My apologies to Bon Jovi....
"Shake it up, just like bad medicine"
(originally published March 6, 2007)
Giving a sick baby medicine is like trying to wrestle a rabid cougar, especially if said cougar is covered in snot.
“Did you shake it?” my husband asked me for about the eleventh time.
I opened the medicine bottle and replied “yes” through gritted teeth since I had already answered that same question at least ten times. “I shook it. I read the directions too, you know.” I bent close to the kitchen counter and carefully began to siphon the gooey antibiotic into the small plastic syringe.
“Wait a sec,” I said, looking a little more carefully at the syringe. I held it up to eye level to get a better look at the black lines marked along its shaft.
“This thing measures in milliliters, but the medicine label calls for 4 cc’s. What the heck is a ‘cc’?”
My husband, the one who majored in pre-medicine, quickly responded, “It stands for cubic centimeter.”
“So?” I asked.
“So what?” he replied.
“So how many cubic centimeters are in a milliliter?” I asked.
“Uh, I have absolutely no idea,” Mr. Smarty Pants said. “I didn’t know we’d have to do math.”
“Didn’t you minor in chemistry?” I asked.
“Didn’t you graduate magma coon latte or something?” he snarked back at me.
“It’s magna cum laude, and, yes, I did,” I answered, “but I worked very hard to avoid chemistry classes in college because the only thing I learned in my high school chemistry class was how to use the fire extinguisher on my lab partner.”
Some wounds, you know, never heal.
“Oh, well,” I said, filling the syringe up to the top, “this outta be close enough.” I turned to look around the room and said, “Where’s the Little Big Guy?”
Judging by the sound my husband made in response, one would think I’d just vowed to send our son to live with wolves. Or Britney Spears.
“WHAT?!” he screamed, lunging for the syringe. “You can’t do that!”
Apparently the “Let’s just wing it” approach that had gotten us through the past two years of childrearing wasn’t the way to go this time.
Apparently he was a stickler about proper medicinal dosage. Apparently he was concerned about poisoning our only child. Apparently he was afraid he’d married Dr. Kevorkian by mistake.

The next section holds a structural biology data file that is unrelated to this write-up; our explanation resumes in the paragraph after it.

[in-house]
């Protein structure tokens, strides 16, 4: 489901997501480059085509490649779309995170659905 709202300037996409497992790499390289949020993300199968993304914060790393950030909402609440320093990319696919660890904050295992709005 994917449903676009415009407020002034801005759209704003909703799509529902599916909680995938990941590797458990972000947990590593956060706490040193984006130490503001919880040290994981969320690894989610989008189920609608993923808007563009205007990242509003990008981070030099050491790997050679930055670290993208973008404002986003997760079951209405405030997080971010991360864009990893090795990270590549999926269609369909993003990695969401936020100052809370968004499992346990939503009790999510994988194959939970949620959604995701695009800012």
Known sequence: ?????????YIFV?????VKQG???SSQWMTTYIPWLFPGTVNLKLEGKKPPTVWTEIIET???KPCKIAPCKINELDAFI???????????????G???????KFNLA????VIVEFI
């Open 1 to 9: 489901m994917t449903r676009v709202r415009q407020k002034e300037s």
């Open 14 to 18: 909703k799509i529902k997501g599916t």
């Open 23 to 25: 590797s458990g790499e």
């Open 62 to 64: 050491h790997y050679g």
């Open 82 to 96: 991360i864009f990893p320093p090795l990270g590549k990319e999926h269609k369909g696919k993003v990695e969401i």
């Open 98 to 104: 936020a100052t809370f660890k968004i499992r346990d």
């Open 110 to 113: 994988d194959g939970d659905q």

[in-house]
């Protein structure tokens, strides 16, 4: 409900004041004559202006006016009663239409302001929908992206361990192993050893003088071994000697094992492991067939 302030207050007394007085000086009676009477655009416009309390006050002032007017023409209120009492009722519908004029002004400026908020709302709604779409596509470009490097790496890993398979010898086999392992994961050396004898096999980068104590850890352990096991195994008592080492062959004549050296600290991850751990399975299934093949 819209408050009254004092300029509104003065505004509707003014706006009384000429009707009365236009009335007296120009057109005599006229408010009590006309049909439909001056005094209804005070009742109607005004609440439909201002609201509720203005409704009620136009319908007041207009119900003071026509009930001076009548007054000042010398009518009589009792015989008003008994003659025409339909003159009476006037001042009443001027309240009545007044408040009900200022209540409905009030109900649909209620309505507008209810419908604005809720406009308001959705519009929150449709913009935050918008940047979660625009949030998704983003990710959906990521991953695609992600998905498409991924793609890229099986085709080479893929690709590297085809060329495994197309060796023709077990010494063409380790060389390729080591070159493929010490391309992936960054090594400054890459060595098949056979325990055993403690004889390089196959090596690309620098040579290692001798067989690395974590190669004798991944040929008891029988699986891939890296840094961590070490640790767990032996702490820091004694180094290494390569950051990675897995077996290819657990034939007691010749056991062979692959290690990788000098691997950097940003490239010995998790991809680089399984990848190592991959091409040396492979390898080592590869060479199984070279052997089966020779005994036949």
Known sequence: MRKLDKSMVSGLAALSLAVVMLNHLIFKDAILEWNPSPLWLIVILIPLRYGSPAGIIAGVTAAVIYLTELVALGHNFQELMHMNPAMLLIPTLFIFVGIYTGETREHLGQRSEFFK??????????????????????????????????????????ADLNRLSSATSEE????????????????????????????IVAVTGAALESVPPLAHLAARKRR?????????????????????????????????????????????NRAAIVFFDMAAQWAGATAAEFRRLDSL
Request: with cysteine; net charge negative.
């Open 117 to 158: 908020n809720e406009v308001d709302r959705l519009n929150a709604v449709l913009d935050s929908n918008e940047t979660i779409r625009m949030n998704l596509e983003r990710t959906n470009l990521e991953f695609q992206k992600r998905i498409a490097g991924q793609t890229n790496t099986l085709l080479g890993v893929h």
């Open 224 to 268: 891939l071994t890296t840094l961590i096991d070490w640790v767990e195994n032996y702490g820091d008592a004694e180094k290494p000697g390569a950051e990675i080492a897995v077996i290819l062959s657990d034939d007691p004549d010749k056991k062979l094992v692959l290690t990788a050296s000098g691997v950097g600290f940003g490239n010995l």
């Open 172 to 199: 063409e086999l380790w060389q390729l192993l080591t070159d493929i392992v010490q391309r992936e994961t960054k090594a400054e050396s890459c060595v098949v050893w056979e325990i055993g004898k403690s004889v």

However, I sighed, he was right. So we played a rather heated game of paper/rock/scissors to determine who would call the local pharmacist to ask how to convert the dosage.
My husband wasn’t thrilled when I also asked the pharmacist, “And just how many cc’s are in a shot of tequila? Because I have a feeling that’ll be important later.”
The first dose ended up splattered across the front of my shirt when our son turned his head at the very last second and knocked the syringe from my hand using – what I swear – was the “wax on, wax off” defense method from “Karate Kid.”
The second dose landed on the dog who mistakenly thought it was gravy and licked up half of it before I could stop her.
The third dose went up my husband’s nose when he leaned over at the precise moment our son threw his body into a jackknife position and hurled himself off the couch.
The Allied forces had better luck storming the beaches at Normandy.
“OK, here’s what we do!” I yelled at my husband, screaming over our son’s high-pitched wails as I struggled to maintain a vise-like grip on the squirmy little bugger. “I’ll hold him down and when he opens his mouth to scream, you jam the syringe in there!”
My husband, a little shell-shocked from the earlier attempts, just stood there. A small sliver of drool appeared at one corner of his mouth. Fear etched across his face. His hands shook a little. I was about to lose him.
“We can do this!” I yelled at him. “We are the grown-ups here! We can’t let him win!”
With a deep breath, my husband pumped his fists and yelled, “OK! Let’s do it!”
And five seconds later, it was all over.
“So how much longer does he need to take this stuff?” my husband asked as our son ran from the room like his diaper was on fire.
I capped the bottle, put it back in the fridge and said, “Just ten more days.”
“God help us,” he replied. “Where’s that tequila?”
You can e-mail Kelley Baldwin at firstname.lastname@example.org.